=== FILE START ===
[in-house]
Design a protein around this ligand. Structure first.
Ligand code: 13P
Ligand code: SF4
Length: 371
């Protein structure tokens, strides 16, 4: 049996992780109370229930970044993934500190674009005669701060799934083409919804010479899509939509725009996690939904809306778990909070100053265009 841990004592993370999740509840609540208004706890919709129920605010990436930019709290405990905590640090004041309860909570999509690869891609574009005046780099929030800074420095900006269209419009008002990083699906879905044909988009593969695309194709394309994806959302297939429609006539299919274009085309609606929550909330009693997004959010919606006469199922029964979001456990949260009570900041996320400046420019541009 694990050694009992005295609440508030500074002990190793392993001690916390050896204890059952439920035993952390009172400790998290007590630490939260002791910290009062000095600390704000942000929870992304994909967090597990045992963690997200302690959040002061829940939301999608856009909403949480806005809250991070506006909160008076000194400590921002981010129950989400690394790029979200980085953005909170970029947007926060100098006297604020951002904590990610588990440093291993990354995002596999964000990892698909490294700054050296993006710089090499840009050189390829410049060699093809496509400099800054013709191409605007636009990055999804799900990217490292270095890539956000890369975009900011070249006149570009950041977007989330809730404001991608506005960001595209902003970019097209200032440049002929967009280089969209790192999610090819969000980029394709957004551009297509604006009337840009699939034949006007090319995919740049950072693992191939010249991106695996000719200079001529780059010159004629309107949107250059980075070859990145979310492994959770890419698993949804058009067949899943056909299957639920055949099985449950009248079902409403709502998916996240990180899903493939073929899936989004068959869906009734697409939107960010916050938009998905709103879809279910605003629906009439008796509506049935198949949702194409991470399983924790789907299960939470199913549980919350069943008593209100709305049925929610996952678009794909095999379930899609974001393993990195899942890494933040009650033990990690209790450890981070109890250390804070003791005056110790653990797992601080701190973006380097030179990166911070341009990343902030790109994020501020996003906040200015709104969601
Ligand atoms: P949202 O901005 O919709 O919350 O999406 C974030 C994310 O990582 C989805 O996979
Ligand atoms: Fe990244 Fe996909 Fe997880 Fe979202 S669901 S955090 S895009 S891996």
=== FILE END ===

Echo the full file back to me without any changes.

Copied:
[in-house]
Design a protein around this ligand. Structure first.
Ligand code: 13P
Ligand code: SF4
Length: 371
């Protein structure tokens, strides 16, 4: 049996992780109370229930970044993934500190674009005669701060799934083409919804010479899509939509725009996690939904809306778990909070100053265009 841990004592993370999740509840609540208004706890919709129920605010990436930019709290405990905590640090004041309860909570999509690869891609574009005046780099929030800074420095900006269209419009008002990083699906879905044909988009593969695309194709394309994806959302297939429609006539299919274009085309609606929550909330009693997004959010919606006469199922029964979001456990949260009570900041996320400046420019541009 694990050694009992005295609440508030500074002990190793392993001690916390050896204890059952439920035993952390009172400790998290007590630490939260002791910290009062000095600390704000942000929870992304994909967090597990045992963690997200302690959040002061829940939301999608856009909403949480806005809250991070506006909160008076000194400590921002981010129950989400690394790029979200980085953005909170970029947007926060100098006297604020951002904590990610588990440093291993990354995002596999964000990892698909490294700054050296993006710089090499840009050189390829410049060699093809496509400099800054013709191409605007636009990055999804799900990217490292270095890539956000890369975009900011070249006149570009950041977007989330809730404001991608506005960001595209902003970019097209200032440049002929967009280089969209790192999610090819969000980029394709957004551009297509604006009337840009699939034949006007090319995919740049950072693992191939010249991106695996000719200079001529780059010159004629309107949107250059980075070859990145979310492994959770890419698993949804058009067949899943056909299957639920055949099985449950009248079902409403709502998916996240990180899903493939073929899936989004068959869906009734697409939107960010916050938009998905709103879809279910605003629906009439008796509506049935198949949702194409991470399983924790789907299960939470199913549980919350069943008593209100709305049925929610996952678009794909095999379930899609974001393993990195899942890494933040009650033990990690209790450890981070109890250390804070003791005056110790653990797992601080701190973006380097030179990166911070341009990343902030790109994020501020996003906040200015709104969601
Ligand atoms: P949202 O901005 O919709 O919350 O999406 C974030 C994310 O990582 C989805 O996979
Ligand atoms: Fe990244 Fe996909 Fe997880 Fe979202 S669901 S955090 S895009 S891996």